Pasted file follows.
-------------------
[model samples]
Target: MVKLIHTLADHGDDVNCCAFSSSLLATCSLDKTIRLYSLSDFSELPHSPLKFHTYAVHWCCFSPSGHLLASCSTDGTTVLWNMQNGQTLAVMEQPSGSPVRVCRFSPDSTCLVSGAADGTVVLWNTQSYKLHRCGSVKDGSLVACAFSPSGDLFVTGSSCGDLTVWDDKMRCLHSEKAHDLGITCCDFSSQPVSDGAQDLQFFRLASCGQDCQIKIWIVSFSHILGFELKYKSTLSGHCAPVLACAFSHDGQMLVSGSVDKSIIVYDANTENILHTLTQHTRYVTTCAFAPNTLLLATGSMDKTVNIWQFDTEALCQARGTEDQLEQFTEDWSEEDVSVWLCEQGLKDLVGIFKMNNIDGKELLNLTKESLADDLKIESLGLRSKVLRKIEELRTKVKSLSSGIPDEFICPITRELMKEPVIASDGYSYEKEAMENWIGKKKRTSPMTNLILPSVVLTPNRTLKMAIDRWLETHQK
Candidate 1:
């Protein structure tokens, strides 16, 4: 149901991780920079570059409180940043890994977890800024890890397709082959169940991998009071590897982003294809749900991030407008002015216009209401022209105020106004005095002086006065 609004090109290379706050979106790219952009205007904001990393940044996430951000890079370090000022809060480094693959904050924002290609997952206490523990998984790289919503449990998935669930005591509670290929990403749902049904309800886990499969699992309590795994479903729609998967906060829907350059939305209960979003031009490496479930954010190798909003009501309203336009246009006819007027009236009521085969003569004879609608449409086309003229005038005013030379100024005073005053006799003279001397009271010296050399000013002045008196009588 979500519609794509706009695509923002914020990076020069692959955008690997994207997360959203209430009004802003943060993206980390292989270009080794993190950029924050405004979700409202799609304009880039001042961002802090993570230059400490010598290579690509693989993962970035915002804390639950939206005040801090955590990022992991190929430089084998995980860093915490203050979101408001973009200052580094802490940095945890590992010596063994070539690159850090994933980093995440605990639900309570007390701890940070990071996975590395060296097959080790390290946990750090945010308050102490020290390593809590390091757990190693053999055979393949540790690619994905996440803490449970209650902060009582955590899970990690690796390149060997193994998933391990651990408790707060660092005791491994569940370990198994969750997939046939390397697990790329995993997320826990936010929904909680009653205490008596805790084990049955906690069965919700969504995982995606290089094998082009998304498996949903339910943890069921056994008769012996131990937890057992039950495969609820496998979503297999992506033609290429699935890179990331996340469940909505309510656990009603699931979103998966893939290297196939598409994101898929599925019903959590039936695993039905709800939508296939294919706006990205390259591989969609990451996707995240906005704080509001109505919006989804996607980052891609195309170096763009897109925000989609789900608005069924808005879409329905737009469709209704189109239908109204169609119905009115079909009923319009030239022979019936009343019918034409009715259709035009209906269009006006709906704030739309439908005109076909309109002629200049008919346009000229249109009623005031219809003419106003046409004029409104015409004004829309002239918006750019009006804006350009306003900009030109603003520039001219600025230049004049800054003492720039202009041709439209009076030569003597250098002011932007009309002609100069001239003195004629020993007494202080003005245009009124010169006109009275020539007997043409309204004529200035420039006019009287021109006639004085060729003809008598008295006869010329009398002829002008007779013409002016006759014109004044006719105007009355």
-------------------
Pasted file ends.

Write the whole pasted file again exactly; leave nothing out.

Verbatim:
[model samples]
Target: MVKLIHTLADHGDDVNCCAFSSSLLATCSLDKTIRLYSLSDFSELPHSPLKFHTYAVHWCCFSPSGHLLASCSTDGTTVLWNMQNGQTLAVMEQPSGSPVRVCRFSPDSTCLVSGAADGTVVLWNTQSYKLHRCGSVKDGSLVACAFSPSGDLFVTGSSCGDLTVWDDKMRCLHSEKAHDLGITCCDFSSQPVSDGAQDLQFFRLASCGQDCQIKIWIVSFSHILGFELKYKSTLSGHCAPVLACAFSHDGQMLVSGSVDKSIIVYDANTENILHTLTQHTRYVTTCAFAPNTLLLATGSMDKTVNIWQFDTEALCQARGTEDQLEQFTEDWSEEDVSVWLCEQGLKDLVGIFKMNNIDGKELLNLTKESLADDLKIESLGLRSKVLRKIEELRTKVKSLSSGIPDEFICPITRELMKEPVIASDGYSYEKEAMENWIGKKKRTSPMTNLILPSVVLTPNRTLKMAIDRWLETHQK
Candidate 1:
């Protein structure tokens, strides 16, 4: 149901991780920079570059409180940043890994977890800024890890397709082959169940991998009071590897982003294809749900991030407008002015216009209401022209105020106004005095002086006065 609004090109290379706050979106790219952009205007904001990393940044996430951000890079370090000022809060480094693959904050924002290609997952206490523990998984790289919503449990998935669930005591509670290929990403749902049904309800886990499969699992309590795994479903729609998967906060829907350059939305209960979003031009490496479930954010190798909003009501309203336009246009006819007027009236009521085969003569004879609608449409086309003229005038005013030379100024005073005053006799003279001397009271010296050399000013002045008196009588 979500519609794509706009695509923002914020990076020069692959955008690997994207997360959203209430009004802003943060993206980390292989270009080794993190950029924050405004979700409202799609304009880039001042961002802090993570230059400490010598290579690509693989993962970035915002804390639950939206005040801090955590990022992991190929430089084998995980860093915490203050979101408001973009200052580094802490940095945890590992010596063994070539690159850090994933980093995440605990639900309570007390701890940070990071996975590395060296097959080790390290946990750090945010308050102490020290390593809590390091757990190693053999055979393949540790690619994905996440803490449970209650902060009582955590899970990690690796390149060997193994998933391990651990408790707060660092005791491994569940370990198994969750997939046939390397697990790329995993997320826990936010929904909680009653205490008596805790084990049955906690069965919700969504995982995606290089094998082009998304498996949903339910943890069921056994008769012996131990937890057992039950495969609820496998979503297999992506033609290429699935890179990331996340469940909505309510656990009603699931979103998966893939290297196939598409994101898929599925019903959590039936695993039905709800939508296939294919706006990205390259591989969609990451996707995240906005704080509001109505919006989804996607980052891609195309170096763009897109925000989609789900608005069924808005879409329905737009469709209704189109239908109204169609119905009115079909009923319009030239022979019936009343019918034409009715259709035009209906269009006006709906704030739309439908005109076909309109002629200049008919346009000229249109009623005031219809003419106003046409004029409104015409004004829309002239918006750019009006804006350009306003900009030109603003520039001219600025230049004049800054003492720039202009041709439209009076030569003597250098002011932007009309002609100069001239003195004629020993007494202080003005245009009124010169006109009275020539007997043409309204004529200035420039006019009287021109006639004085060729003809008598008295006869010329009398002829002008007779013409002016006759014109004044006719105007009355």